The more things change….

The numbers on our life raft kept increasing until there must have been twenty of us, everyone pushing about so it seemed like an anthill. The life raft could hold our weight at the beginning, but by the end it was overwhelmed and started to sink below.

Who would be ready to make way, so that the life raft wouldn’t sink?

Nyaisa Simango’s account of the 1996 sinking of the MV Bukoba on Tanzania’s Lake Victoria is grimly captivating*.  He gives us quite a package: his account of how he came to be on the ferry and its sinking; a compilation of contemporary newspaper accounts; interviews with the bereaved; and finishing with his own reflections on how it had come to pass.

He identifies a lack of ethics at the individual level allowing dangerous overloading:

what overseer could allow loads of banana and other goods to be packed along with children, his hands in his pockets and a cigarette in his mouth?

A lack of planning by central government to cope with passenger demand:

were they really unable to see the year on year rising passenger demand and ensure that an extra boat or a larger replacement was made available?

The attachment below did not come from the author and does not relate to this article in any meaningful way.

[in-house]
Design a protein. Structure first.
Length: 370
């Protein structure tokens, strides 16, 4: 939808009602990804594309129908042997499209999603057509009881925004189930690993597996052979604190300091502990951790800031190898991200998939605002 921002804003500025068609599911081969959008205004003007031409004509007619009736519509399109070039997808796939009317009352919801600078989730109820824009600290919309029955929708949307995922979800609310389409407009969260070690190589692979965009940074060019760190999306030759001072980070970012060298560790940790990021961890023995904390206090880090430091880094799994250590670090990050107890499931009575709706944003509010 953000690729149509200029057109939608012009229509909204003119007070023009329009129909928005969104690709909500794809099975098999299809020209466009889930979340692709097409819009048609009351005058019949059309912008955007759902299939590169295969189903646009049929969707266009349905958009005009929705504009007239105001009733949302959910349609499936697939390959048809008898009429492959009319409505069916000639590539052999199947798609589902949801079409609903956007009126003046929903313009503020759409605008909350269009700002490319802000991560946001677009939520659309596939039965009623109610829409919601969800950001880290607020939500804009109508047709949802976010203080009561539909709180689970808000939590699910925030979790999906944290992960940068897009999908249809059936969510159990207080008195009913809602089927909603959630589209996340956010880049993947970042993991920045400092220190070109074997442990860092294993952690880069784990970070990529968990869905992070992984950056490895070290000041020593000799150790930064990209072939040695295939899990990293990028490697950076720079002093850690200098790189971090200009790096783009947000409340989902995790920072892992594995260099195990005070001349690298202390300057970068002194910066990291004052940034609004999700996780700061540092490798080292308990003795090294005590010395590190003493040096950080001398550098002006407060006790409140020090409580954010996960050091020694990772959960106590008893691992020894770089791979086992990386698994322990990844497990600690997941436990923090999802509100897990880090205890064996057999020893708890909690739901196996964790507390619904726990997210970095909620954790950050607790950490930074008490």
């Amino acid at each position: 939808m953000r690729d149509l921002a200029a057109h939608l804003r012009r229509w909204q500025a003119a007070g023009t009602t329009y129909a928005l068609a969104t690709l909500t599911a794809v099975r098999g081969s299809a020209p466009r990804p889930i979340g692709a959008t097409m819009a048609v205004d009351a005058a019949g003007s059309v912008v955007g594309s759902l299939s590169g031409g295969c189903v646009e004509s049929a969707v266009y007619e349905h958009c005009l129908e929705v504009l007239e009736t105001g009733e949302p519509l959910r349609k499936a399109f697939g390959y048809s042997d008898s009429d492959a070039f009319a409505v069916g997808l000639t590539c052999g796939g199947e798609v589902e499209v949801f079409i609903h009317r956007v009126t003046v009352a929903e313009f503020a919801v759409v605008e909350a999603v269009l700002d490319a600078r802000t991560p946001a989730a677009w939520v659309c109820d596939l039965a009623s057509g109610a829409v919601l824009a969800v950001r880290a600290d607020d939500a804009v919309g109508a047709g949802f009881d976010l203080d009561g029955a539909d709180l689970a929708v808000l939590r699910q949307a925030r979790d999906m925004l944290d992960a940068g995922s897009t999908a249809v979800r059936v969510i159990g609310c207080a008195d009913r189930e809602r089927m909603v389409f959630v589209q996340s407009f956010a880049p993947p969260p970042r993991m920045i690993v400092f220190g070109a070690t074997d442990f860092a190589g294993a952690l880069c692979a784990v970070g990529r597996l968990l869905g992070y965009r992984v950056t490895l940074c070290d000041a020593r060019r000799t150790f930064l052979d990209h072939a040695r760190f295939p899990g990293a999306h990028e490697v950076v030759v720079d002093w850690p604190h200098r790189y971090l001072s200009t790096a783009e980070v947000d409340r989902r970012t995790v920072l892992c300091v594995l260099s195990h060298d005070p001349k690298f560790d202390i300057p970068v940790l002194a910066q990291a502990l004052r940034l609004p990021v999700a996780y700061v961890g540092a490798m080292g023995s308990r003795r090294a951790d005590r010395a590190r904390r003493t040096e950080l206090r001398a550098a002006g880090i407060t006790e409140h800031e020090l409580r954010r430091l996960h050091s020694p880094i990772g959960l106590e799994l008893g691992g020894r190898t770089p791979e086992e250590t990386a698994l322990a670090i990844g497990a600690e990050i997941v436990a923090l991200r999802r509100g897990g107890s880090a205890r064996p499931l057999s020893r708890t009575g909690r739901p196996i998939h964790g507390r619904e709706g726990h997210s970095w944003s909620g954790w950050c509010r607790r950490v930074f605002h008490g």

But he concludes by lamenting the constrained nature of our public life:

It happens very rarely that people will ask questions that touch on the interests of their leaders without encountering some sort of trouble.

Unhappily, fifteen years on and we could probably give a similar analysis of the sinking of MV Spice Islander off Zanzibar nearly four weeks ago on September 9 2011.

It is too soon for a considered response such as Simango’s, but DVDs have already hit the streets. One, Nungwi: Kuzama Kwa MV Spice**, contains footage of the rescue taken by Zanzibar’s famous KMKM: Kikosi Maalum cha Kuzuia Magendo – the Anti Smuggling Task Force.

Picture courtesy of KMKM Zanzibar

Quite what the deal was there, I’m not sure. Otherwise it is mostly raw footage shot by Zanzibar Cable TV on the beach at Nungwi.

Given that Zanzibar Cable TV got the name of the ferry wrong and that the cover shows two ferries – one the MV Spice Islander, the other not – one suspects an attempt to profit at the darker end of the DVD market rather than anything more honourable.

For more on Tanzanian media’s woeful coverage of the disaster see The Wayward Press and Daraja.

*Nyaisa Simango (2009), Sitasahau MV Bukoba, E&D Publishing Ltd, Dar es Salaam. Available at TPH Bookshop on Dar’s Samora Avenue.

** Nungwi: Kuzama Kwa MV Spice, provenance unclear, available from your nearest DVD street dealer, maybe.

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One response to “The more things change….

  1. All this is a bout management, specifically poor management.

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